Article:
The Phone Call

I suppose every memoir contains a chapter that could be called “The Phone Call.” It is that ringtone that signals the end of the world as you have known it and the beginning of a new reality. There is always a before and after the phone call. And it always starts out as an ordinary day, doesn’t it? It was an ordinary day and then the Japanese bombed Pearl Harbor. It was an ordinary day — not a cloud in the sky — and then the Americans dropped the atomic bomb on Hiroshima. It was an ordinary day and then a man in a bell tower shot the President of the United States. It was an ordinary day and then two airliners crashed into the World Trade Center. It’s the ultimate “disruption.” Of course, these disruptions happen in smaller but equally disorienting doses in our own lives.

Sept. 26, 2018, was a typical day for me. The sun beamed benevolently as I strode toward one of the academic buildings at the university where I teach when my phone rang. I saw that the call was from my ex-husband, and I answered it.

“I don’t feel good,” he said. “I’m nauseous and weak.”

“You probably have that stomach bug I had last weekend,” I said. The previous weekend he had been over at my house, hoping desperately for a good hurricane. Herb always enjoyed a weather event. A blustery storm, wind, rain, ice, snow, a power outage. He was always prepared with plenty of food and usually some way to generate electricity. Unfortunately for him, the hurricane that had started out so promising on the coast was merely a few gusts and some sprinkles by the time it got to Charlotte.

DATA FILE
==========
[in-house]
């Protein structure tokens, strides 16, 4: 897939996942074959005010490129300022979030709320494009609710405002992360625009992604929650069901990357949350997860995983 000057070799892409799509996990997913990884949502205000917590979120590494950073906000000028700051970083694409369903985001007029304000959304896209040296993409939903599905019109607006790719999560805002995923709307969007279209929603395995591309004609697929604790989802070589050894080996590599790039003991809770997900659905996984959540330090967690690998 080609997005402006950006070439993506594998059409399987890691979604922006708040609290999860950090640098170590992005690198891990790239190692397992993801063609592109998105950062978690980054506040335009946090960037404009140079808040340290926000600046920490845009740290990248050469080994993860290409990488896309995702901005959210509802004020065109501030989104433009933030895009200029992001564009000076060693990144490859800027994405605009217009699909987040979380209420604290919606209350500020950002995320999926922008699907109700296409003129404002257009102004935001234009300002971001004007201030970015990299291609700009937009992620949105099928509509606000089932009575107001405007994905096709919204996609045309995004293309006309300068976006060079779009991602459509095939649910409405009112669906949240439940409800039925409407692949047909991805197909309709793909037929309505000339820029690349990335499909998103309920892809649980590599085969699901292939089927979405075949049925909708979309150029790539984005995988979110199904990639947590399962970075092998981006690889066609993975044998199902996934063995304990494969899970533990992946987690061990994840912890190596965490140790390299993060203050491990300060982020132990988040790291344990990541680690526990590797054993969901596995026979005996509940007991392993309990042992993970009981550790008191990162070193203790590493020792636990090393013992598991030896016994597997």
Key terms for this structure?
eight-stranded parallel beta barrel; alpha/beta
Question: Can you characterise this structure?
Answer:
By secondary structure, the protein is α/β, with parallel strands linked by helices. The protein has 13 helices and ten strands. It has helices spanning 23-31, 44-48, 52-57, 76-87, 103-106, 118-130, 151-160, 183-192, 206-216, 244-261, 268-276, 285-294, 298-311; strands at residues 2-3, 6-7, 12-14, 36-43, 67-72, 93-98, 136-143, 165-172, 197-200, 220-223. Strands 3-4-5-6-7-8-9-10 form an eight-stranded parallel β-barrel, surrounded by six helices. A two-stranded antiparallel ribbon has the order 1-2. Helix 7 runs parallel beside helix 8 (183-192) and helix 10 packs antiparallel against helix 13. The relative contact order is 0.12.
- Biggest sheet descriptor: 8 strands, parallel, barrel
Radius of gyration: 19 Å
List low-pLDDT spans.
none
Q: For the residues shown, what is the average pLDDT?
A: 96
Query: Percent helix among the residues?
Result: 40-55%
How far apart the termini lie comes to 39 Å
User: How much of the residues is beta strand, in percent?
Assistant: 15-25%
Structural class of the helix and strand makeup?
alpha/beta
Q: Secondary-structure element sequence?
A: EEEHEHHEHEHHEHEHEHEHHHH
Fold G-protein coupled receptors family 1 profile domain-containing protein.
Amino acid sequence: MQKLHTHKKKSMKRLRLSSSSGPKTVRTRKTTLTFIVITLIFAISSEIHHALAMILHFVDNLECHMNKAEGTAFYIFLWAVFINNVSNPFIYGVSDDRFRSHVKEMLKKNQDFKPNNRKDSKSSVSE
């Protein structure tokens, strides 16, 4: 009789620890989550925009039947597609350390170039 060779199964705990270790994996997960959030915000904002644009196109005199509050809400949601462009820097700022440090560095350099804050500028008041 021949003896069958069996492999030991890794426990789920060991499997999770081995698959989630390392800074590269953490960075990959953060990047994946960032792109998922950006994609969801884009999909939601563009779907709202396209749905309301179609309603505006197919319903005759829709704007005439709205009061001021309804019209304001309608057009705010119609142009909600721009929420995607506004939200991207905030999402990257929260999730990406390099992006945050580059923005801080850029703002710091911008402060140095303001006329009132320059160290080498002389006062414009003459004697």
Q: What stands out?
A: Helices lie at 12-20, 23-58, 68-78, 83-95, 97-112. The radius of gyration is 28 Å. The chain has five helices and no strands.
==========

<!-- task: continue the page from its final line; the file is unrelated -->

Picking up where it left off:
He also liked any excuse to park himself at my house and pretend we hadn’t gotten divorced six years earlier, to pretend we were still family, which, in a way, we still were. But I wasn’t that interested in just sitting around with him that weekend. I had my annual stomach bug, so I didn’t feel great. And I intended to finish a draft of a novel that a literary agent had asked to see. So we sat in my living room boring each other until finally he and his black lab, Grendal, left.

The so-called hurricane moved on, my stomach got back to its healthy, hungry self, and come Monday I was back in classes. Then on Wednesday the phone call. I had to get to class so I told him I would call him back later that day to see how he was doing.

I went into the classroom and talked about paragraph unity and topic sentences and that sort of thing, but the whole time I was uneasy. A niggling notion scratched at my brain. Something about his voice, about the way the words didn’t stand up by themselves in that California non-accent of his.

By the time the first class was over, I knew I was cancelling the next. I knew what I hadn’t realized I knew from the moment we spoke. It took me that whole class period to understand what I’d heard — the slight slur in his speech. My ex-husband had had a stroke, and our world was changed irrevocably.

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